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Logan, Rayford Whittingham (07 January 1897–04 November 1981), historian of the African diaspora, university professor, and civil rights and Pan-Africanist activist, was born in Washington, D.C., the son of Arthur Logan and Martha Whittingham, domestic workers. Two circumstances of Logan’s parents are germane to his later life and work. Although he grew up in modest circumstances, his parents enjoyed a measure of status in the Washington black community owing to his father’s employment as a butler in the household of Frederic Walcott, Republican senator from Connecticut. And the Walcotts took an interest in the Logan family, providing them with occasional gifts, including money to purchase a house. The Walcotts also took an interest in Rayford Logan’s education, presenting him with books and later, in the 1920s and 1930s, introducing him to influential whites in government. Logan grew up on family lore about the antebellum free Negro heritage of the Whittinghams. It is open to question how much of what he heard was factual; nevertheless, he learned early to make class distinctions among African Americans and to believe that his elite heritage also imposed on him an obligation to help lead his people to freedom and equality....

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Michaux, Lewis H. (04 August 1885–25 August 1976), bookseller and black nationalist, was born in Newport News, Virginia, the son of Henry Michaux and Blanche Pollard. Some uncertainty about his birthdate exists because his death certificate from the New York Vital Records Department lists it as 23 August 1884. Before coming to New York, Michaux worked variously as a pea-picker, window-washer, and deacon in the Philadelphia church of his brother, Solomon Lightfoot Michaux. According to Edith Glover, his secretary while a deacon, Michaux started selling books in Philadelphia with an inventory of five. When he founded his bookstore in 1932 in Harlem, he still had only a few books with him, including ...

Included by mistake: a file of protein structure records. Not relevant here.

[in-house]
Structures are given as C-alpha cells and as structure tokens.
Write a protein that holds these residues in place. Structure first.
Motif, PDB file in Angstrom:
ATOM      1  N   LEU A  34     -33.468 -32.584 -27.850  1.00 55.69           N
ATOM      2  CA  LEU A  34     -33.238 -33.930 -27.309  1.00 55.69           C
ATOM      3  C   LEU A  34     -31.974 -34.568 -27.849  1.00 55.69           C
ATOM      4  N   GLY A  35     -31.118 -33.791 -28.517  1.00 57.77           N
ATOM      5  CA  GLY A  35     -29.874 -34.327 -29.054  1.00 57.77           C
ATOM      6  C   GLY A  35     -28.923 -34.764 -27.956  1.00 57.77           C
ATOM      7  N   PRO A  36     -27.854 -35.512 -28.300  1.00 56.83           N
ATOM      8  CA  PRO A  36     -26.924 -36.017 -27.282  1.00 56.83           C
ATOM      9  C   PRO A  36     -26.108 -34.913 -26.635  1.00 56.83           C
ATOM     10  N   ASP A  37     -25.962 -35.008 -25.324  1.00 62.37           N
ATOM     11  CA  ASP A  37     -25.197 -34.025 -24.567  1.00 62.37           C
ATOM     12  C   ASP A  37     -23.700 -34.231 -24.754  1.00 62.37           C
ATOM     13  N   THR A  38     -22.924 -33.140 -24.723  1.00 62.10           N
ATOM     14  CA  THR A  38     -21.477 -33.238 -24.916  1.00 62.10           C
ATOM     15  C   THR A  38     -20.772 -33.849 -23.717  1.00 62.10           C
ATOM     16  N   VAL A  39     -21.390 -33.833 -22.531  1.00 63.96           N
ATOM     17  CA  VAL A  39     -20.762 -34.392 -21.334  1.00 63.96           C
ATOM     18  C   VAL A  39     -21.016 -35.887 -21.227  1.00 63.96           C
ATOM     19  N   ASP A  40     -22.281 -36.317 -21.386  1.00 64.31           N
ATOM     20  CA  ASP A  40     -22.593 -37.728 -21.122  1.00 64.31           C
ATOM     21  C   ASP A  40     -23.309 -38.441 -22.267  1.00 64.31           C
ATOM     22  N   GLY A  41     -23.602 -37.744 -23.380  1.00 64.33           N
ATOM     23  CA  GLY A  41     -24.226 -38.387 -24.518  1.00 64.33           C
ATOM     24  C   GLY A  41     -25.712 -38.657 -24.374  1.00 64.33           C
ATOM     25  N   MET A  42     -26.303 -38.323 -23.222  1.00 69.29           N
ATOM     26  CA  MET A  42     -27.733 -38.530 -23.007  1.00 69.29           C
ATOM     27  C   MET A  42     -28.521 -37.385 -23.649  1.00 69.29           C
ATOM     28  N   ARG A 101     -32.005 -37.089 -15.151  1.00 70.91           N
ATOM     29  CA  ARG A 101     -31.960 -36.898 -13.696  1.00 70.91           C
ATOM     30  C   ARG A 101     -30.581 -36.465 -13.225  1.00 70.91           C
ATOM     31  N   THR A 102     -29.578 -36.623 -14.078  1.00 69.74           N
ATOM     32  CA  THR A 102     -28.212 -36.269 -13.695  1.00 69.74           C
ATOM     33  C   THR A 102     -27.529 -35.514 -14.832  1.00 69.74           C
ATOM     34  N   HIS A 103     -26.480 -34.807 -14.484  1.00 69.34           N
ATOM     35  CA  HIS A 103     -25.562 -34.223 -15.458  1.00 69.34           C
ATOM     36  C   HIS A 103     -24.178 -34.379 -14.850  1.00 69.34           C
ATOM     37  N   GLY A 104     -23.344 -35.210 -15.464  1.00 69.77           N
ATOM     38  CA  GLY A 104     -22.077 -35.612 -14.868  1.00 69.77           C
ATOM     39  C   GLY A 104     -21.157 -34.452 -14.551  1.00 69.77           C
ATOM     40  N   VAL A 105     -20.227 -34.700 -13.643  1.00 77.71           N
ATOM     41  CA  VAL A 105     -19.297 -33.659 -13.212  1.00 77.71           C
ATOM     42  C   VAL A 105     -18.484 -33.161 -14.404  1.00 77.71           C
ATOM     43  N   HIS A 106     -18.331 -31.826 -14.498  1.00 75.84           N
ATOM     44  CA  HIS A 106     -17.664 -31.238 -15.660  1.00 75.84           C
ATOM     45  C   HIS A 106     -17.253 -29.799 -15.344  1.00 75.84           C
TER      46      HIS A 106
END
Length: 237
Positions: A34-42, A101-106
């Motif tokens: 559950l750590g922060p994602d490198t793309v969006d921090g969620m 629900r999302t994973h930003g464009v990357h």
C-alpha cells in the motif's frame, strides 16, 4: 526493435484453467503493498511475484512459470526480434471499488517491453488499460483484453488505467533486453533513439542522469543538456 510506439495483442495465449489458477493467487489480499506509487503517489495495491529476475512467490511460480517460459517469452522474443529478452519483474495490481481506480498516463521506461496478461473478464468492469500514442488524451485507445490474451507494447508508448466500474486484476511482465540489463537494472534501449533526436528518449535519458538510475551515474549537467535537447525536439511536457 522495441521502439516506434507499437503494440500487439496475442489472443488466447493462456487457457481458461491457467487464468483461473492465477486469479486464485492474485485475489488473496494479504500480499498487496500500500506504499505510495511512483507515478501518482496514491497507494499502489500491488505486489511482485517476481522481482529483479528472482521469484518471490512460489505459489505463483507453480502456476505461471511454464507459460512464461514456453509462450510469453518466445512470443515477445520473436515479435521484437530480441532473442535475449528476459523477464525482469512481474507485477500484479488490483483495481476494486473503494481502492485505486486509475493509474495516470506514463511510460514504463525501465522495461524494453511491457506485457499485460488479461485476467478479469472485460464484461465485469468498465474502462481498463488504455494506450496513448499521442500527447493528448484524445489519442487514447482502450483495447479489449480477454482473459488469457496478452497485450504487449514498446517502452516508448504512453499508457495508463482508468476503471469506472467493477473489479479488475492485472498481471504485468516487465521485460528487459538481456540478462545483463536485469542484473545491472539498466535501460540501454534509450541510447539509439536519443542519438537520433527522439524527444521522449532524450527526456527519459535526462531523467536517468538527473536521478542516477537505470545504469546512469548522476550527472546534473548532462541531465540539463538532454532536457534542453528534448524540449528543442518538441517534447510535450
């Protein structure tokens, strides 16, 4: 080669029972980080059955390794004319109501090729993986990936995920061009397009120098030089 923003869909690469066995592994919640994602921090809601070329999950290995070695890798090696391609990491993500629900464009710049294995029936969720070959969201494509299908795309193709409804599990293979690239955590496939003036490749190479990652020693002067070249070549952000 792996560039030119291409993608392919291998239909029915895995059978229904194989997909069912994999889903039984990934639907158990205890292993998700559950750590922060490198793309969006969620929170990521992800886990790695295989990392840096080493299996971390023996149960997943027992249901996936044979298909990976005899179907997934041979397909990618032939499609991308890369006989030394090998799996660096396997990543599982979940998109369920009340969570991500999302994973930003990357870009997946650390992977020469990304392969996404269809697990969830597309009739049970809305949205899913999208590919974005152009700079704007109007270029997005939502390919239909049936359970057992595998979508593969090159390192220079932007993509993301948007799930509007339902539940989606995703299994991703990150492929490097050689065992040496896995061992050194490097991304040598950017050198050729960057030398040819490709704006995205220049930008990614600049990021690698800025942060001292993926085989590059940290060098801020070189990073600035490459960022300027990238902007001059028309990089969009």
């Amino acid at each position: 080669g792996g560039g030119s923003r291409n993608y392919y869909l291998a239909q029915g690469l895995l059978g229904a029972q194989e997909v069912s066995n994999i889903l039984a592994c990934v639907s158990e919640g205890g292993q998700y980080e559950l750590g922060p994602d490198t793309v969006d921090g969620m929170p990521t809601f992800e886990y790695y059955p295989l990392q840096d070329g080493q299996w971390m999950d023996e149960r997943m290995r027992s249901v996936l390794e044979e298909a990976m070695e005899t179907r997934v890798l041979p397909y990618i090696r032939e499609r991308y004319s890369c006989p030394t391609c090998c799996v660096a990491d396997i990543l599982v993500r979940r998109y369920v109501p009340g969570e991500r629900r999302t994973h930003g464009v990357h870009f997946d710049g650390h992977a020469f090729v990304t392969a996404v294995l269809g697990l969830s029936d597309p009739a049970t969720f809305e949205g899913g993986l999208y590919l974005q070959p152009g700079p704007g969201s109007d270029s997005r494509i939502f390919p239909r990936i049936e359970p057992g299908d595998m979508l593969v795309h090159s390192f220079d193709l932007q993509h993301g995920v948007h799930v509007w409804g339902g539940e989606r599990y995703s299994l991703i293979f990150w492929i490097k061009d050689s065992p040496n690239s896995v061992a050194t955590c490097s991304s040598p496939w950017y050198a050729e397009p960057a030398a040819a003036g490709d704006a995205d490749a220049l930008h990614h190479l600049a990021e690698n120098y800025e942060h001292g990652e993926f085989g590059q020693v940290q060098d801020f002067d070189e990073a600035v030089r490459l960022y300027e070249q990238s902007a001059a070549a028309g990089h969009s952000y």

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Singleton, Benjamin (15 August 1809–1892), black nationalist and land promoter, known as “Pap,” was born into slavery in Nashville, Tennessee. Little is known about the first six decades of his life. In his old age Singleton reminisced that his master had sold him to buyers as far away as Alabama and Mississippi several times, but that each time he had escaped and returned to Nashville. Tiring of this treatment, he ran away to Windsor, Ontario, and shortly thereafter moved to Detroit. There he quietly opened a boardinghouse for escaped slaves and supported himself by scavenging. In 1865 he came home to Edgefield, Tennessee, across the Cumberland River from Nashville, and supported himself as a cabinetmaker and carpenter....

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Whitfield, James Monroe (10 April 1822–23 April 1871), African-American poet, abolitionist, and emigrationist, was born in Exeter, New Hampshire, the son of parents whose names are unknown. Little else is known of his family except that he had a sister, a wife, two sons, and a daughter....